Workers in more than 200 cities went on strike to fight for a minimum wage increase to $15 an hour.
Artheta Peters says it is hard to make ends meet on what she currently earns.
"It's by the grace of god and robbing Peter to pay Paul faithfully," said Peters.
That method has become a way of life for the past 25 years for Peters, who is a mother of six.
"I work really hard to make sure that they have what they need and it doesn't make sense that at the end of the day in still struggling to meet my own needs," said Peters.
Peters is a home care worker who loves her job, but earns less than $15 dollars an hour.
"Most home care workers are working 10 to 12 hours a day. Which means that our children at home are either being supervised by older siblings or in child care for numerous hours or left unattended," said Peters.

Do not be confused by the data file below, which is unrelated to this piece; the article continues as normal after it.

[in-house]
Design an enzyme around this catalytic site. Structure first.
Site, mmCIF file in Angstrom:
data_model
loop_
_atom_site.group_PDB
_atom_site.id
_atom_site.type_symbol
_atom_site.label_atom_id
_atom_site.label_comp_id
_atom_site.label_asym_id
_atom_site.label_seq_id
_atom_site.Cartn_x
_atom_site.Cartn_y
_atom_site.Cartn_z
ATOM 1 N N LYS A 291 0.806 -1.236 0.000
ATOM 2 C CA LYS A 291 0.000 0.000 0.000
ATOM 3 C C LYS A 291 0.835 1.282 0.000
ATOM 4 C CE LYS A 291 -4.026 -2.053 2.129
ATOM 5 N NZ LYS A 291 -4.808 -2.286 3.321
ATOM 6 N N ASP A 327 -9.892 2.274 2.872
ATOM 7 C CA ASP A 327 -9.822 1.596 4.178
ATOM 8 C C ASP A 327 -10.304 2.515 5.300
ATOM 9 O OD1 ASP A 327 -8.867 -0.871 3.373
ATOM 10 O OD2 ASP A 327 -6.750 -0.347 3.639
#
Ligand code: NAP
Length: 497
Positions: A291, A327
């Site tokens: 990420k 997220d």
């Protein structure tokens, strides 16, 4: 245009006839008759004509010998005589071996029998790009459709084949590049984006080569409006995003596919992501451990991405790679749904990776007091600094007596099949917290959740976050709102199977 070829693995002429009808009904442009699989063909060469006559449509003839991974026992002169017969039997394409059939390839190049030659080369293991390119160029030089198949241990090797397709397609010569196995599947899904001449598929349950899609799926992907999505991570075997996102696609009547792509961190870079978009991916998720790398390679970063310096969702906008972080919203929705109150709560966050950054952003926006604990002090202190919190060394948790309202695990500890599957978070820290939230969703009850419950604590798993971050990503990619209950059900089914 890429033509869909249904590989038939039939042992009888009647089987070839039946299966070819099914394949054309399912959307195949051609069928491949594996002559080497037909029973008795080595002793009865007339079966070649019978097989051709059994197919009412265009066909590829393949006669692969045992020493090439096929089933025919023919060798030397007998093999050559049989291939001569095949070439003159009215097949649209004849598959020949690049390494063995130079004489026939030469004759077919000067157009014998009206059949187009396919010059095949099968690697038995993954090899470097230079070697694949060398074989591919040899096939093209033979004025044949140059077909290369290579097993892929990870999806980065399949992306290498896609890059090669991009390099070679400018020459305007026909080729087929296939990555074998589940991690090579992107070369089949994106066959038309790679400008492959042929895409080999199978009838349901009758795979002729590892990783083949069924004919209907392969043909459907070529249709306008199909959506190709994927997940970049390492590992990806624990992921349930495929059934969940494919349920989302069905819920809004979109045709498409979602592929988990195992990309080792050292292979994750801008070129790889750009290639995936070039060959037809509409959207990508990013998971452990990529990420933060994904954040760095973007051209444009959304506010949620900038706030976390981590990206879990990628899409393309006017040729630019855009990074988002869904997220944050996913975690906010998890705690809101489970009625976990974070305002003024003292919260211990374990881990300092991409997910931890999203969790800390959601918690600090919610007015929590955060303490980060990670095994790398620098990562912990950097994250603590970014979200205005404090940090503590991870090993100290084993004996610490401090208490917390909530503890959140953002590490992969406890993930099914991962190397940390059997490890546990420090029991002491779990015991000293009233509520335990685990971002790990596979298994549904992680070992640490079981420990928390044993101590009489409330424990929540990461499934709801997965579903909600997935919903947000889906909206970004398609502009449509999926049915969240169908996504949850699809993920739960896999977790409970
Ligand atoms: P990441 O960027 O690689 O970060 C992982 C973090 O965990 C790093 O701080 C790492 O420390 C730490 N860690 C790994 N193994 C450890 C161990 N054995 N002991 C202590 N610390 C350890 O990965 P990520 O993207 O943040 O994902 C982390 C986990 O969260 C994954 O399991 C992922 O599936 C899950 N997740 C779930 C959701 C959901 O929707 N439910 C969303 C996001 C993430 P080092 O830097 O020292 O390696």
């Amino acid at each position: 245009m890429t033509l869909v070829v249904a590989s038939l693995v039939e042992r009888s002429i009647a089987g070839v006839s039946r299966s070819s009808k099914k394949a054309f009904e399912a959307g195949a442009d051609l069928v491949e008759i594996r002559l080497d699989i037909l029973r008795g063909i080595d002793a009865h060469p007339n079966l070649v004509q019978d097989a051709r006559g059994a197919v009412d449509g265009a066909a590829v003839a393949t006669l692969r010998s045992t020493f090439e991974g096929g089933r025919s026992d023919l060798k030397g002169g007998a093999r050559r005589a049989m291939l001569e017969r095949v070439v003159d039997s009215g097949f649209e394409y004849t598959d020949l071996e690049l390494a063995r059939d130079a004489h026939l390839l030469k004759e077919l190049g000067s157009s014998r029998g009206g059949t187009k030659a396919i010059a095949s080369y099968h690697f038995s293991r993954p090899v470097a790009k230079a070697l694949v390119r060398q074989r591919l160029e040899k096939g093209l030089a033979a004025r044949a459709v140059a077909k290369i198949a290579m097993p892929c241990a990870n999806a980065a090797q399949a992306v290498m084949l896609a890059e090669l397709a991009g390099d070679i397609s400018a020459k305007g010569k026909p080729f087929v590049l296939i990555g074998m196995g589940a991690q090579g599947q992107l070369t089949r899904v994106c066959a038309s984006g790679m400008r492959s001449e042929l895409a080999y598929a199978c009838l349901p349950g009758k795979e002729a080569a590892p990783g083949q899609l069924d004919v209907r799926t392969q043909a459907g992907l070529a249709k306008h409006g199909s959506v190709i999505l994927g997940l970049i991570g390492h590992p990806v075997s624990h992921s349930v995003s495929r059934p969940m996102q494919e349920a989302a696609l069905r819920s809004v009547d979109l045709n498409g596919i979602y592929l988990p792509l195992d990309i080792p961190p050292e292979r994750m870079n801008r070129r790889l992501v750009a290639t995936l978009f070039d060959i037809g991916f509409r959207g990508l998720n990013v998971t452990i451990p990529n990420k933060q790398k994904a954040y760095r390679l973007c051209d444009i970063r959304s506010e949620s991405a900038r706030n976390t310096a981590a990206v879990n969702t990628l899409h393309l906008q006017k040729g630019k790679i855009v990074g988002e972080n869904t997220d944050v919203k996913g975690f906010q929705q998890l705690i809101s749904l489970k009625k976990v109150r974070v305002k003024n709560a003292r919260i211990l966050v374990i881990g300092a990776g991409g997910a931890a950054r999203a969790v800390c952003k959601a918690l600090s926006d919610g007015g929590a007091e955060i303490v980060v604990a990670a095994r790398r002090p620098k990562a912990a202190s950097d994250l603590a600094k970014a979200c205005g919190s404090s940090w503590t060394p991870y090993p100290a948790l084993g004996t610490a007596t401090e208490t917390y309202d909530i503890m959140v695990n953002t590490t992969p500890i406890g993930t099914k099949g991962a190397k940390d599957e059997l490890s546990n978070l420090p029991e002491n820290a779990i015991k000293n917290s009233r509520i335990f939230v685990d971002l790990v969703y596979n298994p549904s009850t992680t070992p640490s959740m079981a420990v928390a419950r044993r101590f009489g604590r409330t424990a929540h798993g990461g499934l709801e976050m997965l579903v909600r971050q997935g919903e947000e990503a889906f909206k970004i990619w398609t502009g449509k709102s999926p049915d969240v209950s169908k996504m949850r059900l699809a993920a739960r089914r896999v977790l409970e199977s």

Hundreds of protesters in the adjunct, fast food, and home care fields share those same concerns and they want their voices heard.
"It's important for our communities to come together and figure out how we can build an economy that works for all of is," said James Hayes.
Like Peters, Hayes has his own struggles. He and his wife are working to pay off her student loans totaling $50,000.
"Even though both of us have jobs, it's a conversation about debt. It lingers over us, and we aren't sure if we can start a family," said Hayes.
Not everyone is on board though, particularly some small businesses that worry about overhead costs going up.
Peters doesn't see it that way. She says the increase in hourly pay must happen now.